Here at Dolphin Discoveries we have developed some tried and true ways to responsibly and ethically swim with the Hawaiian Spinner Dolphins over the last 25 years. Our goal is have a swimming experience that is conscience of the Nai’a’s environment and provides our guest an encounter of a life time. When in the Dolphin’s environment, we let them choose to swim with us. We present ourselves to the dolphin without interrupting their daily routine, when we do this we are often rewarded with close interaction with them.
Here are some of the best practices when swimming with Hawaiian Spinner Dolphins:
NO SPLASHING: Sometimes splashing is used by dolphins to warn of danger. Excessive splashing will sometimes spook dolphins into thinking there’s danger ahead. No overarm swimming and keep fins in the water. When entering the water make as little noise and splash as possible.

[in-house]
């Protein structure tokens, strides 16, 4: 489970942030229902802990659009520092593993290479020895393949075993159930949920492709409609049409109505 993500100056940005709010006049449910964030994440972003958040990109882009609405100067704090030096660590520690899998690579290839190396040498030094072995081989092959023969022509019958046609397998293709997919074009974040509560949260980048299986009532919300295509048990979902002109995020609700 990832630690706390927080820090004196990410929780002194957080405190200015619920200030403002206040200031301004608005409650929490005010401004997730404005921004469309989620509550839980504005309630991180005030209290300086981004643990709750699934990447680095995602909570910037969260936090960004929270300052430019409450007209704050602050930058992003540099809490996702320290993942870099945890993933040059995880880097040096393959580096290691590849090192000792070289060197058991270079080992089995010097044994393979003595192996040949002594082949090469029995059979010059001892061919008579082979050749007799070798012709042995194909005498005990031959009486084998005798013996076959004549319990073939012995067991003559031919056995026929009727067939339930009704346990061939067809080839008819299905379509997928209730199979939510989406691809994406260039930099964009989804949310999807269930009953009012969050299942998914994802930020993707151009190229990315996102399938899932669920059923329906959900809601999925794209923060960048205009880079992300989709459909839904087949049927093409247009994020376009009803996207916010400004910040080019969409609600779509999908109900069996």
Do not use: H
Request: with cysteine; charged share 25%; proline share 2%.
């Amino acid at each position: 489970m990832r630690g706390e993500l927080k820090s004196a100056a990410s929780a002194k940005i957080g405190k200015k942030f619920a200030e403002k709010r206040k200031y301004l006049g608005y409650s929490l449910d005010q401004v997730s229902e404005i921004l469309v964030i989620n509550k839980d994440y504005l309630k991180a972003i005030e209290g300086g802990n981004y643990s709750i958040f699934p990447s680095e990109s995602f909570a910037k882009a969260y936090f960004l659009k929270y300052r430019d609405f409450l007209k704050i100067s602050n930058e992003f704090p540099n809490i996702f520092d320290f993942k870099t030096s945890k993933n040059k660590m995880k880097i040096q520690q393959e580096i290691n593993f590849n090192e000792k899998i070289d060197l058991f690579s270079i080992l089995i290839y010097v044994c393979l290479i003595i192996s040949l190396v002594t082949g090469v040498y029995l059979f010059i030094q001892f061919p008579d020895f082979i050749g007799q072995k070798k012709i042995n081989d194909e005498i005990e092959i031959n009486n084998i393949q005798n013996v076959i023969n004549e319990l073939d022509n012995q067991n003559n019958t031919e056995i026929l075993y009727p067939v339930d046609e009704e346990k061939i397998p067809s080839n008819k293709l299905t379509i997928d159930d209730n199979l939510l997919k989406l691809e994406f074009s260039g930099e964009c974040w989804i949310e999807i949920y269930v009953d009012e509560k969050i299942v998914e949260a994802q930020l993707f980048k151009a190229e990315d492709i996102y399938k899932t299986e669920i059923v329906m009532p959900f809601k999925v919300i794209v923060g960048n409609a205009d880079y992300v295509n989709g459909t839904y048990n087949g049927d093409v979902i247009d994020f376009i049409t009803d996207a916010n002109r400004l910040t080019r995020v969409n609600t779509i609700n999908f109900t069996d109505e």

NO CHASING: Only predators chase wild animals, so the best way to get a dolphin to swim away and keep swimming away is to chase on it. This includes diving down on top of the dolphins as this will often spook them. Swimming along side where the dolphin can see you is best.
BE CALM: They can sense panic and fear. R-E-L-A-X! You don’t need to be right next to them to have an amazing experience, keep your distance, control your breathing, and heart rate.
NO TOUCHING: The Nai’a may come close to you, but this doesn’t mean they want to be touched. Keep your hands to yourself.
BE AWARE OF YOUR ENVIRONMENT: The Dolphin may approach you from different angles, keeping looking around. Often swimmers get tunnel vision and not notice a Dolphin right next to them.
Swimming with Hawaiian Spinner Dolphins is a memory of a lifetime. Having a dolphin interact with you in the wild is one of the most rewarding experiences you’ll have ever have. To ensure that wild dolphin swimming continues, it is up to us to be respectful of their habitats, bring awareness to proper etiquette, and most importantly remember to let the dolphins chose to swim with us.